“A wrestled with key post-millennial themes: the application of technology, information overload, identity and alienation. Doggedly anti-corporate and often stubbornly anti-melodic, it sometimes seemed less a collection of songs than a prolonged experiment in sound and possibility. There were moments when the band second-guessed their own instincts to a ludicrously leftfield degree, but also moments of profound beauty and deep emotion“.
The band’s fith album arrived in the form of Amnesiac. Displaying similar influences of electronic music, classical music and jazz, the album explores lyrical themes of memory and reincarnation. Bassist Colin Greenwood described the album as having “more traditional Radiohead-type songs together with more experimental, non-lyrical based instrumental-type stuff as well.” Yorke described it as “another take on Kid A, a form of explanation“. Recorded during Kid A sessions, the L.P. saw the band back in the room; infused and invigorated by their creative output, over 20 songs were recorded. Tracks such as Pyramid Song were inspired by Charles Mingus; this number and talks about the Egyptian underworld. Yorke described the track as one of the band’s best, and is detached, unsettling, beautiful and utterly unforgettable. Packt Like Sardines in a Crushd Tin Box saw Yorke immersed in computers and electronics; an Auto-Tune and nasal take sees our hero becoming less interested in the sound of his voice- and more concerned with sound and experimentation. I Might Be Wrong and You and Whose Army? are two highlights. The former is a nasal and swaying song that sees Yorke’s voice at is most direct and imploring: “Think about the good times/And never look back/Never look back“. You and Whose Army? is more crawling and woozy; building its trajectory it explodes in a riotous piano coda; Yorke at his most accusatory and politicised. Knives Out was influenced by Johnny Marr’s guitar work and is a song that took over a year to record. The closing number, Life in a Glasshouse has the sound of a New Orleans Jazz funeral, and looks at the nature of press intrusion and lack of privacy (in the private eye). Whilst not reaching the critical peak of their previous effort, Amnesiac was still fondly regarded:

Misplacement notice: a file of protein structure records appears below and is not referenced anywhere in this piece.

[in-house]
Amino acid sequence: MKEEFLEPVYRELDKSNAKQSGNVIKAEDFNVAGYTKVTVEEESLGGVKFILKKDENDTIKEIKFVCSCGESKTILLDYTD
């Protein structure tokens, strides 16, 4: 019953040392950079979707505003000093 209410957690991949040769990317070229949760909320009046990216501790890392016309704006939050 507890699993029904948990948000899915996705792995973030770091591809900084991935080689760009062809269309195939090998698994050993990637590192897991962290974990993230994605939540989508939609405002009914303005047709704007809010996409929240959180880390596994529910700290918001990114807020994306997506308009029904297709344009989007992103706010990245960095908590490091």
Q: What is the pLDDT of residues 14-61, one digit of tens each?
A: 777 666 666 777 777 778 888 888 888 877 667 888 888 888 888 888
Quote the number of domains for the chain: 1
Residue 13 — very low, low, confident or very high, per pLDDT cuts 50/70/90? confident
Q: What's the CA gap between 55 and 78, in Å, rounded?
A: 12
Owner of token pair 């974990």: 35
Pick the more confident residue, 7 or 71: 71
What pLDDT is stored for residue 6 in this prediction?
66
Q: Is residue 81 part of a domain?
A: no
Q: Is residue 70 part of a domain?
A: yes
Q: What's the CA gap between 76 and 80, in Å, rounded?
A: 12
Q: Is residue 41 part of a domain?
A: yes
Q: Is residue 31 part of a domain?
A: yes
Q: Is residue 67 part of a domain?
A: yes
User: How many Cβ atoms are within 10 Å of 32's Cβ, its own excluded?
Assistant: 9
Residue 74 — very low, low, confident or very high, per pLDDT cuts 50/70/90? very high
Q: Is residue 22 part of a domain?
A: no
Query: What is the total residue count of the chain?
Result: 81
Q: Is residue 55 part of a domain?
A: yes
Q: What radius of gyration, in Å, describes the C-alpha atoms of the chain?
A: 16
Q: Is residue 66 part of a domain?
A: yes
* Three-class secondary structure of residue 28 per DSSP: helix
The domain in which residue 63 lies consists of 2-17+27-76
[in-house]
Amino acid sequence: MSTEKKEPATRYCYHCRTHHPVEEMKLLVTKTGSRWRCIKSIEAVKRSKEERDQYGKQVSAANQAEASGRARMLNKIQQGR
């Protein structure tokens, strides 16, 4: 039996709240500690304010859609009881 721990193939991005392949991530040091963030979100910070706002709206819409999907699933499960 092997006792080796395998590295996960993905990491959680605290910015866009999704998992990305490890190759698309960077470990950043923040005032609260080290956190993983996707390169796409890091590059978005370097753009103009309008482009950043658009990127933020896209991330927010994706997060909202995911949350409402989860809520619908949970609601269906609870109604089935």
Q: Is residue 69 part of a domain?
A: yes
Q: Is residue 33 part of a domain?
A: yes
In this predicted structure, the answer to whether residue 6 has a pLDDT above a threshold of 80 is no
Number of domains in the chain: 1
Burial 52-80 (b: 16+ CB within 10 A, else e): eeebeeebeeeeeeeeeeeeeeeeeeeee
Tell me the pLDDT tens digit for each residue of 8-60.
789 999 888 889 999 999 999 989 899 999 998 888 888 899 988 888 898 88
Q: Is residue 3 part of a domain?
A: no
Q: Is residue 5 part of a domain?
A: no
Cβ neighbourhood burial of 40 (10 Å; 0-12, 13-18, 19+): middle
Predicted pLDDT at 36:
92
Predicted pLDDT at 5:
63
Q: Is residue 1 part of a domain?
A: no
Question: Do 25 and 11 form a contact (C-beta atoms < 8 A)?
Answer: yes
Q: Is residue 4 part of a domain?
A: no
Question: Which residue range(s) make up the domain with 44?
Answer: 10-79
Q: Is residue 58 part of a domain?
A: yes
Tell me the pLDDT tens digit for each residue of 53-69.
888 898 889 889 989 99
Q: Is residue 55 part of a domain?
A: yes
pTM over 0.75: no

“Amnesiac puts Radiohead’s turbulent recent history into perspective. With the benefit of hindsight, Kid A’s wilful racket now recalls the clatter of a rattle being thrown from a pram. Tantrum over, Radiohead have returned to their role as the world’s most intriguing and innovative major rock band“.
Our heroes seemed a little tired; the slight dip in quality (of Amnesiac) called critics to question the band’s new direction of sound. The demand that was present since OK Computer has got to the band, and there seemed like a relentless pressure for them to record new music. After a two-year gap, Hail to the Thief was released. A lot of its themes dealt with the War on Terror and right-wing politics of the time- Yorke was incensed by the gap between politicians and the general public, and the inequities that existed. The band returned to their guitar-driven sound, and did not want to take any new leaps. Tracks such as Sit Down. Stand Up and 2+2=5 retrained electronic elements; both tracks displaying a dark and frantic pace. The latter looks at doublethink; the nature of logic and Orwellian themes. There was tenderness to be found in the form of Sail to the Moon- a song written by Yorke, dedicated to his daughter. It is There There that sticks out, and it is undoubtedly the finest track on the album. Inspired by the likes of Can and Pixies, it is a hugely impressive statement that reduced Yorke to tears- our hero thought it was one of the best thing the band had recorded. Whilst humour and spite mingled in A Punchup at a Wedding, it also boasted a brilliant band performance. Hail to the Thief was an album that did not resonate hard with critics. In terms of reception, it ranks alongside Pablo Honey; critics were expecting something akin to The Bends or OK Computer– yet the album is not a failure. It may have more ‘filler’ than you’d expect, but Radiohead still showed that they were a force to be reckoned with. Reviews were not all mixed or negative; with the more incisive and dedicated, keen to extol the album’s virtues:
“However, despite the fact that it seems more like a bunch of songs on a disc rather than a singular body, its impact is substantial. Regardless of all the debates surrounding the group, Radiohead have entered a second decade of record-making with a surplus of momentum“.